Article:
A stone bruise is a pain on the ball of your foot or the pad of your heel. Its name has two derivations:
- If you step down hard on a small object — such as a stone or pebble — it’s painful, and often the pain lasts long after your foot is off the pain-causing object.
- When you put weight on a painful area on the bottom of your foot, it feels like you are stepping on a small stone or pebble.
The term stone bruise tends to be a nonmedical catch-all name for pain symptoms that feel like there’s a stone in your shoe, jabbing the bottom of your foot every time you take a step.
The most common cause of a stone bruise is an impact injury to the bottom of your foot caused by stepping down hard on a small hard object such as a rock.
Runners, who have many hard foot impacts when they run, are likely to occasionally find themselves with a stone bruise, especially if they run on rocky terrain.
When your foot makes contact with an object, you might feel the pain immediately, or it may take 24 to 48 hours for the bruise to materialize.
Because we spend so much time on our feet, a bone bruise from an impact injury can be annoyingly persistent, affecting every step we take.
There are a number conditions that produce symptoms that may be mistaken for a stone bruise during self-diagnosis. These include:
Metatarsalgia is inflammation and pain in the ball of your foot and is commonly considered an overuse injury.
It’s characterized by a burning, aching, or sharp pain in the area of your foot just behind your toes. The pain intensifies when you stand, flex your foot, walk, or run.
Causes of metatarsalgia include:
- intense high-impact activity, such as running and jumping
- excess body weight
- poorly fitting shoes
- foot deformities, such as bunions or hammer toe
Treatment for metatarsalgia includes:
The plantar fascia is band of tissue that connects your toes to your heel bone. When that tissue becomes inflamed, the condition is called plantar fasciitis. Plantar fasciitis is usually characterized by a stabbing pain in the sole of your foot, typically near the heel.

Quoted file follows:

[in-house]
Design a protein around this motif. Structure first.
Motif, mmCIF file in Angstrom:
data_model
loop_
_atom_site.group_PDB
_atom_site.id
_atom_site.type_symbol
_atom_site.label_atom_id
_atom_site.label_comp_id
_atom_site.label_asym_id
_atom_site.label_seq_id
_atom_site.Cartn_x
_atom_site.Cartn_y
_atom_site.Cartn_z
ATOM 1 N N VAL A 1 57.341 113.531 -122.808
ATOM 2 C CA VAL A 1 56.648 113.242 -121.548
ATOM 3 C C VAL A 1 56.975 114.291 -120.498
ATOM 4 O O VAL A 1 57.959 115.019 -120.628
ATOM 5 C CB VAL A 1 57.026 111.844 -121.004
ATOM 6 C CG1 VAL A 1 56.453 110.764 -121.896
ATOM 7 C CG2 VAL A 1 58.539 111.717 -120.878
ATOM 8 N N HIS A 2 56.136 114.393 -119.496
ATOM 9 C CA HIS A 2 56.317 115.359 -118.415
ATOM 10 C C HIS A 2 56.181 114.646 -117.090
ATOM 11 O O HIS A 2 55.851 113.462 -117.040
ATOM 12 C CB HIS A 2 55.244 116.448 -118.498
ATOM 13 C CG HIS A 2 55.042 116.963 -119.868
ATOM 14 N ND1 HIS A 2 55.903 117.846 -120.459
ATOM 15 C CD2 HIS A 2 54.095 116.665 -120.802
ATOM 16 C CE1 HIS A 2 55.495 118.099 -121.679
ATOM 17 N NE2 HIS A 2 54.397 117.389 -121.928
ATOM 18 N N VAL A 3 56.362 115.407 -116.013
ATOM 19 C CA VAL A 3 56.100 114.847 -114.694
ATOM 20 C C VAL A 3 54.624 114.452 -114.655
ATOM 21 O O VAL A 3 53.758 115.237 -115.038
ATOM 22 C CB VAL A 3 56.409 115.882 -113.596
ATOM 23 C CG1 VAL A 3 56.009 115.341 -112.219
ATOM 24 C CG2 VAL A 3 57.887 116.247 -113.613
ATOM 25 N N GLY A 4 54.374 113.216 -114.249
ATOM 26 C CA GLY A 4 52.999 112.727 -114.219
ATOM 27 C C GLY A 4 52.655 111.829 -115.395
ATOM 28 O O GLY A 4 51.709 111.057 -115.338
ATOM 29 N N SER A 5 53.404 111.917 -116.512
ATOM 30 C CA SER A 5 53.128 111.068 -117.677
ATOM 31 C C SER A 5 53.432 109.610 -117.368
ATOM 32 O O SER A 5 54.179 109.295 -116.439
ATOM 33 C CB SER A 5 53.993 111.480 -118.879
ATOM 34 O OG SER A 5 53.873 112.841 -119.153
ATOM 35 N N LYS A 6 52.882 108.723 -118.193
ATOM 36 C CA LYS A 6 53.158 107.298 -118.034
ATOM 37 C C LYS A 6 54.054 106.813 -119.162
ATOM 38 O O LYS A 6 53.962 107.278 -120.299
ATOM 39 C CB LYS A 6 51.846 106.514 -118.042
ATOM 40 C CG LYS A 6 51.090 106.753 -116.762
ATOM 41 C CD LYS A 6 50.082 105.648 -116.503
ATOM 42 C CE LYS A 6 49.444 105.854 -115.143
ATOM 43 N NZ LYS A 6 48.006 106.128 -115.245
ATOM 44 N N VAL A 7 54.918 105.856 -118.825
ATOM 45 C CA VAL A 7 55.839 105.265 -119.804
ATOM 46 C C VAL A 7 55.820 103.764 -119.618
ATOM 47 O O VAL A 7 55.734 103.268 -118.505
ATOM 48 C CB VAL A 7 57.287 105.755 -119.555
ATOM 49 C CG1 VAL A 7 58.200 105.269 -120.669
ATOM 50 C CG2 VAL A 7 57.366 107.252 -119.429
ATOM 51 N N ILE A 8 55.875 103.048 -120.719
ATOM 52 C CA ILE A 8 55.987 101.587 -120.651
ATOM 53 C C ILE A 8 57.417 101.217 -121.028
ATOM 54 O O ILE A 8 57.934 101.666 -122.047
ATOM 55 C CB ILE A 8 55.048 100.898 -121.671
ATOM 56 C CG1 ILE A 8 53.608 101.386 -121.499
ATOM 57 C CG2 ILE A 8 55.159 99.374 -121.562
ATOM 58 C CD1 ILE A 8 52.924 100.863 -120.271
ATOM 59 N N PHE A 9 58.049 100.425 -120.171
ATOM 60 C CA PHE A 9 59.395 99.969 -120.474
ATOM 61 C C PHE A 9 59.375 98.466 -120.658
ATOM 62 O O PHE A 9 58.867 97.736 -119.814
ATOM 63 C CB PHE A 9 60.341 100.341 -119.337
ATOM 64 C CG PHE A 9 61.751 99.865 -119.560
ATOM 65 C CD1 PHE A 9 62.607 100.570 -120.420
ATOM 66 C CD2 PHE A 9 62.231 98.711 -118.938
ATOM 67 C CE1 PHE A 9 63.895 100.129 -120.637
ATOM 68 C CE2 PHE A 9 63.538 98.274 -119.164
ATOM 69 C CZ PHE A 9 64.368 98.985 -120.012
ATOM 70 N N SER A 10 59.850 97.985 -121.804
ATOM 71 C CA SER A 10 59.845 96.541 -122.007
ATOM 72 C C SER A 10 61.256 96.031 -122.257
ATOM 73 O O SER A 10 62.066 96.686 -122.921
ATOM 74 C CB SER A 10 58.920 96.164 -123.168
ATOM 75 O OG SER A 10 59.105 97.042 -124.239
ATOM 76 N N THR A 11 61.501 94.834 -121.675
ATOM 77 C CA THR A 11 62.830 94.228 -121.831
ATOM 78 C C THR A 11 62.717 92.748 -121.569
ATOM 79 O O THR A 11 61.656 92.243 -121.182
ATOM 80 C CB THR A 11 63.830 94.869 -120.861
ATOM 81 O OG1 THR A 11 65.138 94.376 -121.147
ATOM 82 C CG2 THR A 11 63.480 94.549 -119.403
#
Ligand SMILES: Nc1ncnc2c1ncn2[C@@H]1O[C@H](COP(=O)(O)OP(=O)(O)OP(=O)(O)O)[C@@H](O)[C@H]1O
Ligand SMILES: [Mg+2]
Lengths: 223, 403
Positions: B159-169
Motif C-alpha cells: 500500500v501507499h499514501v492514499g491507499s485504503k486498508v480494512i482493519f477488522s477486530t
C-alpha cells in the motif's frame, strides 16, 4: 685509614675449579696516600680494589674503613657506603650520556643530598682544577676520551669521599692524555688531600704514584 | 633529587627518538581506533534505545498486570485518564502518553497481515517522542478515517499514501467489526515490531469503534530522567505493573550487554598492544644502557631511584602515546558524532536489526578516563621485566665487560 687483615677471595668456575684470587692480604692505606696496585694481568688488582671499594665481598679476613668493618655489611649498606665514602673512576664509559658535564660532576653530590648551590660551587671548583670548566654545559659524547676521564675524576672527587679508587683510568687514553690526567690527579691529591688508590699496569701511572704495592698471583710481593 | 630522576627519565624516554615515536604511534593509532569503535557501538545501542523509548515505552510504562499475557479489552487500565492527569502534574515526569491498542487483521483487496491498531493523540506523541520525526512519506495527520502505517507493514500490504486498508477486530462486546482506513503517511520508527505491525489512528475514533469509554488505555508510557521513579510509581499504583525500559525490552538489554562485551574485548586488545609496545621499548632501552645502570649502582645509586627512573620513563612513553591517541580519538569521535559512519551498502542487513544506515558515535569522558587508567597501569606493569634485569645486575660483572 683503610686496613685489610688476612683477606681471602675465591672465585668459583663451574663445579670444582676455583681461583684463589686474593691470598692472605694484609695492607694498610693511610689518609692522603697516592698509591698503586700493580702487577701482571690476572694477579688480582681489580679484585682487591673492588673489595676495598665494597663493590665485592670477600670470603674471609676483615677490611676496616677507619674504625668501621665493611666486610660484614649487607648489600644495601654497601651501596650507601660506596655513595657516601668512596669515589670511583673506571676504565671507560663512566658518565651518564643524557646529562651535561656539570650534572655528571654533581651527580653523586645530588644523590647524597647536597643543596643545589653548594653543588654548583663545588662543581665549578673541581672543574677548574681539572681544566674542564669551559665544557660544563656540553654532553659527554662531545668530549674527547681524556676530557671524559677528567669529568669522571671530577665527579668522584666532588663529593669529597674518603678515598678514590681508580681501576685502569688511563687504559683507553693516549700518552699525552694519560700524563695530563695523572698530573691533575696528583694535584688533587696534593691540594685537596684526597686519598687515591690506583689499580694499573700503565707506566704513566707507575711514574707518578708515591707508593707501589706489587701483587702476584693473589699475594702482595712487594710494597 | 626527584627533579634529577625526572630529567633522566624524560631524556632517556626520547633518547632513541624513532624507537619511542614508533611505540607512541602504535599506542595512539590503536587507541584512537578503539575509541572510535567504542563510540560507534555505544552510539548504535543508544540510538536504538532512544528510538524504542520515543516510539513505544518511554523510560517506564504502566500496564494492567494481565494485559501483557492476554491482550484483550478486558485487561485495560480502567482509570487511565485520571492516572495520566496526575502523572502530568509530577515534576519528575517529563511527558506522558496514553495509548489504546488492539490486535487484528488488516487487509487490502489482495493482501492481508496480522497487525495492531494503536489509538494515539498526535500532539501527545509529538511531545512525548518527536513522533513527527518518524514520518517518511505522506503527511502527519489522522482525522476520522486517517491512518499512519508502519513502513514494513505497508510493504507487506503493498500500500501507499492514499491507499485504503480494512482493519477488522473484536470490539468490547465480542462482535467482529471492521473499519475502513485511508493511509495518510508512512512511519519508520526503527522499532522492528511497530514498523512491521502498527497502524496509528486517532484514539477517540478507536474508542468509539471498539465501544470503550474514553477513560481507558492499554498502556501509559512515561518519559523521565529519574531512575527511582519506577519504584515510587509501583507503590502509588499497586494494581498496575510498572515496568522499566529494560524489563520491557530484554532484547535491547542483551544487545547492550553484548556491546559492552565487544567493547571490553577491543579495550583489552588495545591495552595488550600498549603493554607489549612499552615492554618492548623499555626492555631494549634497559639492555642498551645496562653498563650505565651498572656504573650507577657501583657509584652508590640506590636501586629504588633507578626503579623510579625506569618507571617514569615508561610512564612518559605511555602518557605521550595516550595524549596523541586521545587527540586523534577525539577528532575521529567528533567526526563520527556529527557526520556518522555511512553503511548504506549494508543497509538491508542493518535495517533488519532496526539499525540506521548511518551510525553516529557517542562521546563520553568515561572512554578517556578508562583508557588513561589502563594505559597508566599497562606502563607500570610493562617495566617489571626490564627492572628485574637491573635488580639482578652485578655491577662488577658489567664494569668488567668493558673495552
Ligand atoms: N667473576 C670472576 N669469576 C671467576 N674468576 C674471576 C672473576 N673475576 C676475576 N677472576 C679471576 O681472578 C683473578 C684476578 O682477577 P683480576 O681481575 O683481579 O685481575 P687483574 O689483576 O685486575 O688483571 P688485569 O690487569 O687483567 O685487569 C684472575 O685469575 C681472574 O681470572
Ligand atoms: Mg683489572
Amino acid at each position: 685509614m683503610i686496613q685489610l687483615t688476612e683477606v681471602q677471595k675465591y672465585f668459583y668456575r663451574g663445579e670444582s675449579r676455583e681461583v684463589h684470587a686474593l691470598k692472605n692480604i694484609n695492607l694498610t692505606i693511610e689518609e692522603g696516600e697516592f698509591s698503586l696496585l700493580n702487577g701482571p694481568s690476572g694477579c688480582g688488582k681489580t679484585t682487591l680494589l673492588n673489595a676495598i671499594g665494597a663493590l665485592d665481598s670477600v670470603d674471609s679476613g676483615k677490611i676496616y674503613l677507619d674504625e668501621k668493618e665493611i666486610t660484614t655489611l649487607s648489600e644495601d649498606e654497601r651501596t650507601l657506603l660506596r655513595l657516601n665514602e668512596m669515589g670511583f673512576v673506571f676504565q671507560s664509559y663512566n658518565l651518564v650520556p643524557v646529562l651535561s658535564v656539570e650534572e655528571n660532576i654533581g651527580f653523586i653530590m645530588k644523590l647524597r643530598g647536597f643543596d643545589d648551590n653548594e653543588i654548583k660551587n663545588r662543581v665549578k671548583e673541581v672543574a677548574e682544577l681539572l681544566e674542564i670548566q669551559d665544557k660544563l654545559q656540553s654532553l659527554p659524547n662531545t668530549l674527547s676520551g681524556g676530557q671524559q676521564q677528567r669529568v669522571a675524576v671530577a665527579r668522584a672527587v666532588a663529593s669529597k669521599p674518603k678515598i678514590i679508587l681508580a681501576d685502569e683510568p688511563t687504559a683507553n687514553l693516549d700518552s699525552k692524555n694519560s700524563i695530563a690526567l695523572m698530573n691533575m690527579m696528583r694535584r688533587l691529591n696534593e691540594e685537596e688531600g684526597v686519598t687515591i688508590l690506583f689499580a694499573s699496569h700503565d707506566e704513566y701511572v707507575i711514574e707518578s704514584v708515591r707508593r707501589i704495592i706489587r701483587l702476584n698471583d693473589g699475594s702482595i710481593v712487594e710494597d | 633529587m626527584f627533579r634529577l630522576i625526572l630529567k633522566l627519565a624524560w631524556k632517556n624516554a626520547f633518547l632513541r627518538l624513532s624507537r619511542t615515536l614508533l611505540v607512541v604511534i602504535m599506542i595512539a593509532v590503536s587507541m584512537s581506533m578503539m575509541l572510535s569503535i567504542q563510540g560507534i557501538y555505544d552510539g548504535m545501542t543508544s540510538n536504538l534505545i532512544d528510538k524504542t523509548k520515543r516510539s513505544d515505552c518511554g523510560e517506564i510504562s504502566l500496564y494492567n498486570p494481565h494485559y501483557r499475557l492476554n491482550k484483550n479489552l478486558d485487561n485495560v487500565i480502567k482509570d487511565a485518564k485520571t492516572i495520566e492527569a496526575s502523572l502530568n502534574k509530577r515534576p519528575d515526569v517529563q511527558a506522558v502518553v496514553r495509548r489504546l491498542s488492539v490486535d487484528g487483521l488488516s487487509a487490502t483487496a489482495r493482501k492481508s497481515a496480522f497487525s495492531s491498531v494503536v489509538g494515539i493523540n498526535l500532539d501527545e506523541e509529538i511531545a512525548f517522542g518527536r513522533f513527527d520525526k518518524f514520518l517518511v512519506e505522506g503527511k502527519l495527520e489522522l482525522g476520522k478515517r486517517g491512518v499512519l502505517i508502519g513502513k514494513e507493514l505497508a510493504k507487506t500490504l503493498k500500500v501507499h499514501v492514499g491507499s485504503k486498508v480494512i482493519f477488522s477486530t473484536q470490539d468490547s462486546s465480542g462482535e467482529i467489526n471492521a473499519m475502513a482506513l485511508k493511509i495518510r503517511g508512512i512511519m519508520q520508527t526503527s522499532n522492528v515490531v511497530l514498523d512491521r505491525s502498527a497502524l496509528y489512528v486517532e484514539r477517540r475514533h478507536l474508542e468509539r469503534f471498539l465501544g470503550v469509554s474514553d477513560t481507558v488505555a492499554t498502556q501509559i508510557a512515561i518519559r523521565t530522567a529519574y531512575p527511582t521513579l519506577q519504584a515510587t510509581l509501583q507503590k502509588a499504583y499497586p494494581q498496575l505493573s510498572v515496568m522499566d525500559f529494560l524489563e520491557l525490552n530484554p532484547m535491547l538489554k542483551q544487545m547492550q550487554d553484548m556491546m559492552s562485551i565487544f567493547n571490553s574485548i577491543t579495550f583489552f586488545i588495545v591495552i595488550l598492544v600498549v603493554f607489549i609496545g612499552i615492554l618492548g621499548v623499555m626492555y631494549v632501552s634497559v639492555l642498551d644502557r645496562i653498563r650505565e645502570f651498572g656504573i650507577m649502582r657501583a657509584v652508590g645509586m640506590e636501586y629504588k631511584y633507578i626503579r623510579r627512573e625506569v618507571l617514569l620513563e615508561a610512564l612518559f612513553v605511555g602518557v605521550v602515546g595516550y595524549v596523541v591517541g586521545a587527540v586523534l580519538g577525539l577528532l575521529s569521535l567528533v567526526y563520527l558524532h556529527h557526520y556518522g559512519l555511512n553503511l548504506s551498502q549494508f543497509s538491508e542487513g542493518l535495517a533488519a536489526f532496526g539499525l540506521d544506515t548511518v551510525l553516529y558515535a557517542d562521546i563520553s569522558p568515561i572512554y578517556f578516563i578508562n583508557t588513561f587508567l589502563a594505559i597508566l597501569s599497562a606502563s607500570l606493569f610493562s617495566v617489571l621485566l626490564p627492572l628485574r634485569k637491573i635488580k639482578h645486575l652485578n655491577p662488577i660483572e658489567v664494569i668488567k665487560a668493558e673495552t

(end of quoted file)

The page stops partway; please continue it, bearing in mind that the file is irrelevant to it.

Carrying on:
The pain from plantar fasciitis tends to be more intense after exercise than during it.
Treatment for plantar fasciitis includes:
- OTC pain relievers such as ibuprofen (Advil) or naproxen (Aleve)
- physical therapy and stretching
- a splint to be worn while sleeping
- orthotics, custom-fitted arch supports
- steroid injections
A heel spur is a bony protrusion (osteophyte) that typically grows on the front of your heel bone and extends toward your foot’s arch.
- physical therapy
- shoe recommendation
- night splint
Repetitive force from overuse — such as long-distance running — can cause tiny cracks, called stress fractures, in the bones of the foot. Surgery for foot stress fractures are rare.
Treatment typically focuses on reducing the amount of weight on the area until it can heal. This weight reduction is often accomplished with:
- a brace
- a walking boot
Morton’s neuroma occurs when the tissue surrounding the digital nerve leading to your toe bones (metatarsals) becomes thicker. This occurs most commonly between the third and fourth toes and is far more likely to affect women than men.
With Morton’s neuroma, you might feel a burning pain in the ball of your foot. Often, you’ll also feel pain in the toes. The pain is typically more prevalent when wearing shoes or participating in an activity that includes running or walking.
Treatment for Morton’s neuroma might include:
- changing to a different style of shoe (wide, low heal, soft sole)
- receiving a corticosteroid injection
- using orthotics
- receiving a steroid injection
If every step you take feels like you’re stepping on a rock causing pain on the ball or heel pad of your foot, you might have a bone bruise. You might also have another condition such as metatarsalgia, plantar fasciitis, a heel spur, a stress fracture, or Morton’s neuroma.
If you’re experiencing this type of pain, try to stay off your feet and keep that foot elevated. If after a few days the intensity of the pain doesn’t lessen, visit your doctor for a full diagnosis, which may include an X-ray.